This is a continuation of LAST APRIL’s challenge about HEIRLOOMS. When my sister and I cleaned out our parents’ home, we had to make many decisions about what to do with all the stuff. Which things are truly “valuable” and which have only sentiment in their favor? Should we sell it, keep it, or throw it away? To help ensure a future for our family’s heirlooms, I plan to leave a booklet for my daughters telling the stories of what they will inherit one day. (Not TOO soon, I hope!)
is for the Rice Dishes that my grandaunt Velma Davis Woodring brought back from Korea. She taught there several years in the Department of Defense Dependents school. She gave the set to my mother, and for many years it was our fine china.
The dishes are white with a subtle gold accent along the rim, handles and foot of each piece. Unfortunately, some of the gold has worn off here and there on pieces used more often. There are over 12 place settings that include a dinner plate, salad plate, bread and butter plate, fruit bowls, coffee cups and saucers, and cream soup bowls.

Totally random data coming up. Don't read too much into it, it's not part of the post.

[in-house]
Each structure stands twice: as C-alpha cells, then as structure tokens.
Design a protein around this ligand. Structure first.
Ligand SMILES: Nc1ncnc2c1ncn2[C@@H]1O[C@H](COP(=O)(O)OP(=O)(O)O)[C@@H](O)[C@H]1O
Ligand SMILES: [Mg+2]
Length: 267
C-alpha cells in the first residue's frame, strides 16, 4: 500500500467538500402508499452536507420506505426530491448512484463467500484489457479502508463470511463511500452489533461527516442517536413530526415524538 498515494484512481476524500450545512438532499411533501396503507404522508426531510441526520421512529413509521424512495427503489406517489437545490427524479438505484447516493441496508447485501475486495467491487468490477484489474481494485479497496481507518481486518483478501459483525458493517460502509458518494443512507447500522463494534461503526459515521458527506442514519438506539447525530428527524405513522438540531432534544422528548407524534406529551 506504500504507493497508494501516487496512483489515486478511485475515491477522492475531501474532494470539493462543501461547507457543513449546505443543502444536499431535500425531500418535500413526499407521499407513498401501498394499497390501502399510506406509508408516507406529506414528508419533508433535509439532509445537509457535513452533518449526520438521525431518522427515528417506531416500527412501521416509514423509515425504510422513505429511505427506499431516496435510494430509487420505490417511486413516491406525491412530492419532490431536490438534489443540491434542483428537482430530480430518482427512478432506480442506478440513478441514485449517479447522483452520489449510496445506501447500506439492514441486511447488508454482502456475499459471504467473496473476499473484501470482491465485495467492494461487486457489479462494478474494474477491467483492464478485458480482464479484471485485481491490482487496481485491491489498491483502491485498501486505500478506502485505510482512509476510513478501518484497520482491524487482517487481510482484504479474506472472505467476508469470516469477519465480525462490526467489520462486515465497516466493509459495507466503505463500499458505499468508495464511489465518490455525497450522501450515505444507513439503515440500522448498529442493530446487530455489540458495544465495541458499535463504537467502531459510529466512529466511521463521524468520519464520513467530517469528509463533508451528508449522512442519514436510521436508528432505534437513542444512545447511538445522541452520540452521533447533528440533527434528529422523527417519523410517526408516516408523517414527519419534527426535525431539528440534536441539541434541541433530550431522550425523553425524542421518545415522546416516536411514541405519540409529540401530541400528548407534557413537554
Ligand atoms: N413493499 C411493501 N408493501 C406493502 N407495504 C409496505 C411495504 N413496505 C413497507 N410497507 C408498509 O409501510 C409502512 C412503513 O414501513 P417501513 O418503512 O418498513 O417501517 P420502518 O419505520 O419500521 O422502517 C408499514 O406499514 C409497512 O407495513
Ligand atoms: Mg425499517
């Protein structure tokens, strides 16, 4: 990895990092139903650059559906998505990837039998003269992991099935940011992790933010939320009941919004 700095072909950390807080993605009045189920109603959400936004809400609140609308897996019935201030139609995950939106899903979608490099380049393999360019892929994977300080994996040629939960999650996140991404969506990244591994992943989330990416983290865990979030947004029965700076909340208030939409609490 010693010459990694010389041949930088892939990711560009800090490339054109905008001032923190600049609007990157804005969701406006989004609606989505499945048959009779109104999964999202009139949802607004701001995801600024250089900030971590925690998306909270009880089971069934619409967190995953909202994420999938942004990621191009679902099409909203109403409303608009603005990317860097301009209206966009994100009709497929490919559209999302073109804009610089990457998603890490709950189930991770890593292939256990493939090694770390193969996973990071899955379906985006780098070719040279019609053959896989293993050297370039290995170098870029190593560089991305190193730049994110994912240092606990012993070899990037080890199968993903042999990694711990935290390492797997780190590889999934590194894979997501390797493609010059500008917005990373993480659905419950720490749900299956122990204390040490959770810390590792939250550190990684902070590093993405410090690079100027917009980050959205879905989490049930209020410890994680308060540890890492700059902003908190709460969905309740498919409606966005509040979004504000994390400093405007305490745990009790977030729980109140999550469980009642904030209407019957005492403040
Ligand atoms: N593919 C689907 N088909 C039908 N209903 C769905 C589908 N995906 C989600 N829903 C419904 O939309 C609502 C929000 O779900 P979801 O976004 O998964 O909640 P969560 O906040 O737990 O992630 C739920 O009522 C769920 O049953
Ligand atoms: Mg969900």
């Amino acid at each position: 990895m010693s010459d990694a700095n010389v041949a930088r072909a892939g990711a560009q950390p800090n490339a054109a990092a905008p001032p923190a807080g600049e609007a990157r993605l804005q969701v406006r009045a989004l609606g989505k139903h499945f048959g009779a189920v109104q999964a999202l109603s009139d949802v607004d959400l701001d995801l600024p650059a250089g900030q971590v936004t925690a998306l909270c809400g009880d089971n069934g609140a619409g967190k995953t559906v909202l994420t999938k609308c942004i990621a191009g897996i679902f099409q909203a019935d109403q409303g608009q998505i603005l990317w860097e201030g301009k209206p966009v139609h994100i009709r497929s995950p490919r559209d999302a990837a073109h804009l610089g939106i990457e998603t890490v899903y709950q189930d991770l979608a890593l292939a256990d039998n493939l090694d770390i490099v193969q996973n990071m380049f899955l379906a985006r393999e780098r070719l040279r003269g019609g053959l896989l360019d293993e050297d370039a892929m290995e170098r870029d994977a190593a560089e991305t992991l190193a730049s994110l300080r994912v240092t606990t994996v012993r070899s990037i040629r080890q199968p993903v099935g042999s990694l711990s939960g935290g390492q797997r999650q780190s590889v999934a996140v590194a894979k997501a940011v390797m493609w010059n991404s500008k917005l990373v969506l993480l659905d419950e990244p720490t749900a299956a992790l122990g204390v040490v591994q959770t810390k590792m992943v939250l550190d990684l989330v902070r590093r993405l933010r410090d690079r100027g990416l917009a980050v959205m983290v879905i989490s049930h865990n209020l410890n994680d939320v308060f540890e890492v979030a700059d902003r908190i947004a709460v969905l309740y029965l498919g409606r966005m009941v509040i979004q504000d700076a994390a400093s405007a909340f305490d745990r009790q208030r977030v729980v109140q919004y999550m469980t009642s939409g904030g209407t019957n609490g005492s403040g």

A casserole dish, gravy boat, two meat platters, tea pot, and two sets of cream and sugar bowls complete the set.
The marking says the dishes were manufactured by Seyei Regal China and “Hand carved” in Japan. The pattern is “Pearl Rice.”
As a child, I thought the rice design was actual rice, but apparently that is where the hand carving came into play. What makes these dishes unique is the translucence of the rice pattern.
Pearl Rice by Seyei is demanding a pretty good price on eBay, Etsy, Worthpoint, and even Replacements. However, I have been unable to learn anything at all about the Seyei company.
© 2019, Wendy Mathias. All rights reserved.